A Step-by-Step Guide on How to Audit Your Network

Veronica Henry
Veronica Henry
Veronica Henry provided this guest opinion on behalf of GFI Software Ltd.

Organizations spend considerable time and money to establish security policies and practices. These policies include procedures to measure compliance and one of the most important tools in their arsenal is the security audit.


Auditors can be either internal staff or external service providers, but their purpose remains the same-to gauge compliance to internal policy and potentially, external regulatory dictates. It is a technical assessment, a snapshot of how security policy is being enforced. The review will likely uncover some compliance gaps. This shouldn't be viewed as a negative, but as an essential part of the process.


An audit is wide reaching and involves many resources, both technological and human, so management should ensure adequate time is allocated by key participants. Auditors perform their work using a variety of tools and processes, some manual and some automated. As the first thing you need to determine is the size and contents of the network, you typically begin with a site survey.


This will provide a thorough technical description of the network, hosts, connections, and the like. Next, you should review previous findings or historical data if it is available. Don't overlook the importance of this data, as it can provide valuable insight into lingering vulnerabilities.


The audit should then proceed with personal interviews. At this point, the audit will become more technical and will include vulnerability scans, followed by an examination of operating system and application system settings. To rate the controls, you should ask about topics including system management tasks/controls, access controls, system administration practices, external connections, remote access, incident and disaster recovery, backup procedures, passwords, logs, updates and patches and physical security controls.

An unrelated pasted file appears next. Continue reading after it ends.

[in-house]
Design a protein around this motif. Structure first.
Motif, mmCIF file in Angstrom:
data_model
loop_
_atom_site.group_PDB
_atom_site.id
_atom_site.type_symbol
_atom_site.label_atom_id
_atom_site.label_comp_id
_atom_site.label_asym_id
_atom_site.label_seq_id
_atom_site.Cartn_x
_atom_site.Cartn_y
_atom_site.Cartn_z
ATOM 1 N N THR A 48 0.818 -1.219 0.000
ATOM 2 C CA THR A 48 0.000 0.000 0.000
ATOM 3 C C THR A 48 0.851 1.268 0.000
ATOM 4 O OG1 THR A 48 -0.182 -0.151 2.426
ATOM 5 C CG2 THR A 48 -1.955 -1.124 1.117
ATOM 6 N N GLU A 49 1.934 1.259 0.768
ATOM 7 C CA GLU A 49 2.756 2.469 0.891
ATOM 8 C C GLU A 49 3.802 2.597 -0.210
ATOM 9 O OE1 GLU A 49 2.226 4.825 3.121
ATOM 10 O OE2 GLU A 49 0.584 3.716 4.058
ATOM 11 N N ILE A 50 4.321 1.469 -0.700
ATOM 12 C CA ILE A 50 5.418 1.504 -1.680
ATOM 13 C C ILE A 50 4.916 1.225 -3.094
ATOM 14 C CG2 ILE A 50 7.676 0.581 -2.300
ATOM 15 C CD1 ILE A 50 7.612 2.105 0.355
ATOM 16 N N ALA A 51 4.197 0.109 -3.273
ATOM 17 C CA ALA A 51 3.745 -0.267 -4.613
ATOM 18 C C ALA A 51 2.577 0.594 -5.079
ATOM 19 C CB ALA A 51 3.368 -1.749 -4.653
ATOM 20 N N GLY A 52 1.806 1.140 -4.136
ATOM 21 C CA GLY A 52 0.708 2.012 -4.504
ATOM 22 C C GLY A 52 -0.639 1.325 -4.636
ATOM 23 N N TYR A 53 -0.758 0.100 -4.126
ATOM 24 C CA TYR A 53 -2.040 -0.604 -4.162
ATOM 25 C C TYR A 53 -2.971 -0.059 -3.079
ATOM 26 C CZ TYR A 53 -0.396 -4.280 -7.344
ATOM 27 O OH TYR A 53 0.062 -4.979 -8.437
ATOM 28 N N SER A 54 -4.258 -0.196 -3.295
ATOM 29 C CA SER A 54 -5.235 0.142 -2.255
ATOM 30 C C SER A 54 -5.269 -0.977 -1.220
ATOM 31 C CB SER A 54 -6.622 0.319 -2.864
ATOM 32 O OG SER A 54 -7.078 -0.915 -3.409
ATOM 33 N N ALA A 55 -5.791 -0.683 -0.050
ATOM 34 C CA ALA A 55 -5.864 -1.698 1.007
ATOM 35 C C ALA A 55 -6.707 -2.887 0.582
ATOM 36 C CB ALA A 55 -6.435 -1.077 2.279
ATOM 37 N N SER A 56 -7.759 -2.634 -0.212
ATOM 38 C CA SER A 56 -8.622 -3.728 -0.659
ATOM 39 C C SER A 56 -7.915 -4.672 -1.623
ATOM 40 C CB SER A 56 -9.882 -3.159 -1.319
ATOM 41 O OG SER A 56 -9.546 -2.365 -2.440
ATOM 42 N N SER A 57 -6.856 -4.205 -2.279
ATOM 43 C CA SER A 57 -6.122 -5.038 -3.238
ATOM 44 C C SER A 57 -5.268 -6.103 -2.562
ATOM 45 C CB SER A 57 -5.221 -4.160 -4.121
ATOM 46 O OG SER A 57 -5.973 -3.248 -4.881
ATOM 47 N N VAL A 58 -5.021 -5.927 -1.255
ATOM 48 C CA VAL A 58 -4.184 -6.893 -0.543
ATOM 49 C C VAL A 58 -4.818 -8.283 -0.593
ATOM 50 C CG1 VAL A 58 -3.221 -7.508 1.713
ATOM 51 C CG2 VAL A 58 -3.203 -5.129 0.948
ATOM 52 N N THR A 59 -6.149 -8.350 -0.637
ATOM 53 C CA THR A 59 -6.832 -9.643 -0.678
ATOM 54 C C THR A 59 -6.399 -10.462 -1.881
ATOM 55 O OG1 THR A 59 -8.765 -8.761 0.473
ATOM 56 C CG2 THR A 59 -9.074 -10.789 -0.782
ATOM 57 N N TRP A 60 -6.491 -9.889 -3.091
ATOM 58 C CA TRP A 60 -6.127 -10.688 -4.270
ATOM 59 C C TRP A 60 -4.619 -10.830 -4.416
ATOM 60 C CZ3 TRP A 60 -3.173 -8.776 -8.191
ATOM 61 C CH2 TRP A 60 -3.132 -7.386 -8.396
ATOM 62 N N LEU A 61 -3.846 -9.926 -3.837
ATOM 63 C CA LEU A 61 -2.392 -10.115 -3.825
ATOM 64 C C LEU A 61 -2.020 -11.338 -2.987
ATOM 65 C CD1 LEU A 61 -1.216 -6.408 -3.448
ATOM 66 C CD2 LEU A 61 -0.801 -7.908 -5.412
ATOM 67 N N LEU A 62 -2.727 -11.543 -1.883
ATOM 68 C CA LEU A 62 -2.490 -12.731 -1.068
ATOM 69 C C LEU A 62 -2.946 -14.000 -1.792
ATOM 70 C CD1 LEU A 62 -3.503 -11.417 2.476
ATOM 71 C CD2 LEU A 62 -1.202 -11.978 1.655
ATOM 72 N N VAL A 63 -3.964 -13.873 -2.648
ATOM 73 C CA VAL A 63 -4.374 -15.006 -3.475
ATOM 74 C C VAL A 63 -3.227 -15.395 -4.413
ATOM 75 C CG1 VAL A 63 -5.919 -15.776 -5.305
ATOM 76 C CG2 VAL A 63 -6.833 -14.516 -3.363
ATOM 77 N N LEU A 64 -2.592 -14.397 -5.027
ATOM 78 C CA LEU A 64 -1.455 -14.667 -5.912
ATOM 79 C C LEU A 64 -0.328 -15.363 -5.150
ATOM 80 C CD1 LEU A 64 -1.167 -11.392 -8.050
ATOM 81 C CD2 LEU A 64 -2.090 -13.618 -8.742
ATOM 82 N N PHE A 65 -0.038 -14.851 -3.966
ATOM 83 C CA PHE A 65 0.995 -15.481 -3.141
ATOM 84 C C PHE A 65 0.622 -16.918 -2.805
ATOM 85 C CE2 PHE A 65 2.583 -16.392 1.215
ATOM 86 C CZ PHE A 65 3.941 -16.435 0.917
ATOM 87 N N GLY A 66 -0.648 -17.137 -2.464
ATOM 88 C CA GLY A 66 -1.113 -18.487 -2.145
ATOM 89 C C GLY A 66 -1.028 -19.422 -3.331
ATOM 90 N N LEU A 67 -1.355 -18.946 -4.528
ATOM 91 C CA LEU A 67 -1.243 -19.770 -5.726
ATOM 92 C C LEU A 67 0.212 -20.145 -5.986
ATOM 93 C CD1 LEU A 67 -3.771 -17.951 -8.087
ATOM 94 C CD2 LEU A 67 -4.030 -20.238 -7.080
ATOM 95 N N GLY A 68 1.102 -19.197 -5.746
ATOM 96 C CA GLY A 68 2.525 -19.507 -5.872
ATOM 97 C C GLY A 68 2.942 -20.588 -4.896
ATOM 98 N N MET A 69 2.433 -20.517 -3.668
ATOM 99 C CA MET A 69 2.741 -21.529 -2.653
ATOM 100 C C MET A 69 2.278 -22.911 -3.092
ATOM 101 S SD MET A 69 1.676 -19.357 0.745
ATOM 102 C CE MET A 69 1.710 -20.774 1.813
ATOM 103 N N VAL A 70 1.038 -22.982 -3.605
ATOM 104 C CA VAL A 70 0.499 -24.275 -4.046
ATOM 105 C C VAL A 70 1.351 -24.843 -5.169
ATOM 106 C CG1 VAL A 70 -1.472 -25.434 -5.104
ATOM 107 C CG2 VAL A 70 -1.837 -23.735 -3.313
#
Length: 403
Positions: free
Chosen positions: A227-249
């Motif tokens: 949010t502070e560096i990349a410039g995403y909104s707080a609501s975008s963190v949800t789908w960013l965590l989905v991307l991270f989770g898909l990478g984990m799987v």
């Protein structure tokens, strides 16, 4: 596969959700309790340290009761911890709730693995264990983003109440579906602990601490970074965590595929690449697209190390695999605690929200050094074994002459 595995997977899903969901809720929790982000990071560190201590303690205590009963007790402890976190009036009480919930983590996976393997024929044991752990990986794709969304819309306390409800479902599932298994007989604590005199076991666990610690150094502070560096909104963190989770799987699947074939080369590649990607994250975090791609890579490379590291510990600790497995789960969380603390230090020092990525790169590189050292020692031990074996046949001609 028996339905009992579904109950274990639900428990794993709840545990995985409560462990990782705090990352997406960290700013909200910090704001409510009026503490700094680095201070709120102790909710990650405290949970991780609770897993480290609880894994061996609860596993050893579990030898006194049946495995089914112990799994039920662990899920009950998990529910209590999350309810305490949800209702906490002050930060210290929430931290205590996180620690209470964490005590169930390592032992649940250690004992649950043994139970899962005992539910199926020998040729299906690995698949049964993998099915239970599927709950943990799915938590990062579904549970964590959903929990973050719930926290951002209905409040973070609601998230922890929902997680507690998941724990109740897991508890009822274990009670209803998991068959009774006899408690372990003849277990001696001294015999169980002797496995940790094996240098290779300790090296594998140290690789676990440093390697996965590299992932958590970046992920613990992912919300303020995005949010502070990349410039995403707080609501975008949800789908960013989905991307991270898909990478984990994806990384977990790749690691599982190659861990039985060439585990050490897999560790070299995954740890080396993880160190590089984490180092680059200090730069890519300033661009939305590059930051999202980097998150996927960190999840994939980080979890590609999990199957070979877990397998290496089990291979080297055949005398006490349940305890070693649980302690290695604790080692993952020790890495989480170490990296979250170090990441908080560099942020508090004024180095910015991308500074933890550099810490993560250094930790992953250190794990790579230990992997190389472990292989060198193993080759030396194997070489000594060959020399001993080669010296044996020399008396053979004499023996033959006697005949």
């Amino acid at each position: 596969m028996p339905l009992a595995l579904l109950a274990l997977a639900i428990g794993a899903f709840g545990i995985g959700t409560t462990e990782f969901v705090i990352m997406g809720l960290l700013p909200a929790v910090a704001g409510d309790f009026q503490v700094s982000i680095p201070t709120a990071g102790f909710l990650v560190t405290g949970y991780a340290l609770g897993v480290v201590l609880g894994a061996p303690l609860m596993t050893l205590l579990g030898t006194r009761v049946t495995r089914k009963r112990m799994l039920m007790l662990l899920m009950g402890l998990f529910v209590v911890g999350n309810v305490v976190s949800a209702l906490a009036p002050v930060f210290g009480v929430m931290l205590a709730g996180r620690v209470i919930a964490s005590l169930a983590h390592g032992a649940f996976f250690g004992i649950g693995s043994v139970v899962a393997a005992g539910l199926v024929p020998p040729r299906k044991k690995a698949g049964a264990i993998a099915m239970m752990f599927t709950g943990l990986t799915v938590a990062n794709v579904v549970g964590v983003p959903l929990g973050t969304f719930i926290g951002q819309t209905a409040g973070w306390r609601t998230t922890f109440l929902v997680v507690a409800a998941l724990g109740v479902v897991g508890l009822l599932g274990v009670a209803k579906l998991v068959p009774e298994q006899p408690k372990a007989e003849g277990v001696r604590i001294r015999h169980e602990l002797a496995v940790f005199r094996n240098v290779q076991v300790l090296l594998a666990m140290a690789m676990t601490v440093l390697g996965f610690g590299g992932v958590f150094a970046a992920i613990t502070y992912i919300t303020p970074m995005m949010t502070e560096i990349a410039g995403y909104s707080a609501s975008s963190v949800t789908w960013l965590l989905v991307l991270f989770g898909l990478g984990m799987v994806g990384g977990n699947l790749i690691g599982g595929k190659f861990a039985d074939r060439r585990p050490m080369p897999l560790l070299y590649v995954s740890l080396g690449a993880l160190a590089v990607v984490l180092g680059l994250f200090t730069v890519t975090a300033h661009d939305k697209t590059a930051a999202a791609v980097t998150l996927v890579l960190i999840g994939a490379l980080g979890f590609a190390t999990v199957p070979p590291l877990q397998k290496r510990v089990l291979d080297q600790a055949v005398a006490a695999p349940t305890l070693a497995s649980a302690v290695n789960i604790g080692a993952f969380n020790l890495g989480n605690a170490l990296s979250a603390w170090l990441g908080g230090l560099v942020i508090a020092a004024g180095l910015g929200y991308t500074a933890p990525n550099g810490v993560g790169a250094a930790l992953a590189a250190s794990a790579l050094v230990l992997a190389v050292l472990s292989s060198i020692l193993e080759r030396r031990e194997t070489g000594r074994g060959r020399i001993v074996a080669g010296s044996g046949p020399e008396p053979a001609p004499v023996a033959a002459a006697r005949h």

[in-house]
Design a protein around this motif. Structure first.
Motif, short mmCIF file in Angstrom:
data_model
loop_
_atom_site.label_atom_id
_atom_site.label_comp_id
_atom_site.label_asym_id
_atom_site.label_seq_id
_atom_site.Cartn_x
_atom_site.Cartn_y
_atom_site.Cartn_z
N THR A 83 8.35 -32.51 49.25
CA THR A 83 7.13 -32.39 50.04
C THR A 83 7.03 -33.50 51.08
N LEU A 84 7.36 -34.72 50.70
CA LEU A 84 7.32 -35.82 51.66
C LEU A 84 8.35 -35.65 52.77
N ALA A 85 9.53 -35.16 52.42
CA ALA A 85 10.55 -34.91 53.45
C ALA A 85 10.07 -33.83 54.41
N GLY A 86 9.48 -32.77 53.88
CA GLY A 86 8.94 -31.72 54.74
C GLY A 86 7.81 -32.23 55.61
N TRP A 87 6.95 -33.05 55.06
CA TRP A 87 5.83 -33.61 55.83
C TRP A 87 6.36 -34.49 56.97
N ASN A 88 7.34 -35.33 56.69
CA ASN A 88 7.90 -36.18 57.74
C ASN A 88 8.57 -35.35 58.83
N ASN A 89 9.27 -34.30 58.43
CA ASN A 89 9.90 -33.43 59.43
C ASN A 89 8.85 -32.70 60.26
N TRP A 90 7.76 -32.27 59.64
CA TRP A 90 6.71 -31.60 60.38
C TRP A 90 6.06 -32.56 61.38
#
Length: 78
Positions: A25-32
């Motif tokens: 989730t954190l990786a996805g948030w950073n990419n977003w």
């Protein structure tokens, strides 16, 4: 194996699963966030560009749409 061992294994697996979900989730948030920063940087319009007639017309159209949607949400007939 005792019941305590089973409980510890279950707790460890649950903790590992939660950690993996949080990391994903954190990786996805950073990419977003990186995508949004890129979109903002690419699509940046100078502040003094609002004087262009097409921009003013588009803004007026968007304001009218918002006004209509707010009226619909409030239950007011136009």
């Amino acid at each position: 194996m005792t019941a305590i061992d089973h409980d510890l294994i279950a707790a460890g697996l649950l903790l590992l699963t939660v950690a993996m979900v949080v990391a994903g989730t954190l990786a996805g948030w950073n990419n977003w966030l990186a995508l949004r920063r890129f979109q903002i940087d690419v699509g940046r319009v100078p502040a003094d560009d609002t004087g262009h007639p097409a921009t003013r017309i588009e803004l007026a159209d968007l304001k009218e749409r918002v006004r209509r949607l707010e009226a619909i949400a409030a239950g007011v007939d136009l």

The data gathered should be contrasted against the corporate security policy to measure compliance. Audits times vary from a week to as long as a month. Following the review, a final assessment report should be prepared. This report will detail findings and include the conditions tested, criteria used, the outcome and recommendations.


This report is a powerful tool, one that should be used to adjust system settings or update corporate policy. Auditing should be seen as integrated, recurrent task, essential to ensuring the security of your enterprise network.


This guest post was provided by Veronica Henry on behalf of GFI Software Ltd. GFI is a leading software developer that provides a single source for network administrators to address their network security, content security and messaging needs. More information about GFI network auditing software can be found at http://www.gfi.com/lannetscan/network-auditing-software.htm

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May 17, 2010 6:04 AM Jim Laws Jim Laws  says:

Thanks for the useful article.

May 18, 2010 9:08 AM Mister Reiner Mister Reiner  says:

I would include an Internet Connectivity Audit (ICA) using something similar to this approach: http://misterreiner.wordpress.com/internet-connectivity-audit-ica/

May 18, 2010 9:39 AM Dave Jones Dave Jones  says:

Our advanced security team is focused on forensics, ethical hacking,  application, perimeter and penetration security testing. Coolcat performs a controlled hacking exercise or penetration testing against networks (wired and wireless) and application environments. This exercise often uncovers openings or flaws that was thought to be secure.

Coolcat leverage solutions from GFI to secure networks and to allow clients to more easily adhere to compliance objectives. Tools like GFI WebMonitor can be leveraged to not only shape the Social Engineering landscape but a combination of applications can be used to control the actual flow of information out of less traditional egresses; such as a fax machine being used to send social security numbers.

As our society becomes more dependent on information, the value of that information increases, not only to the businesses who own it, but to the criminals who wish to gain profit from stealing it.


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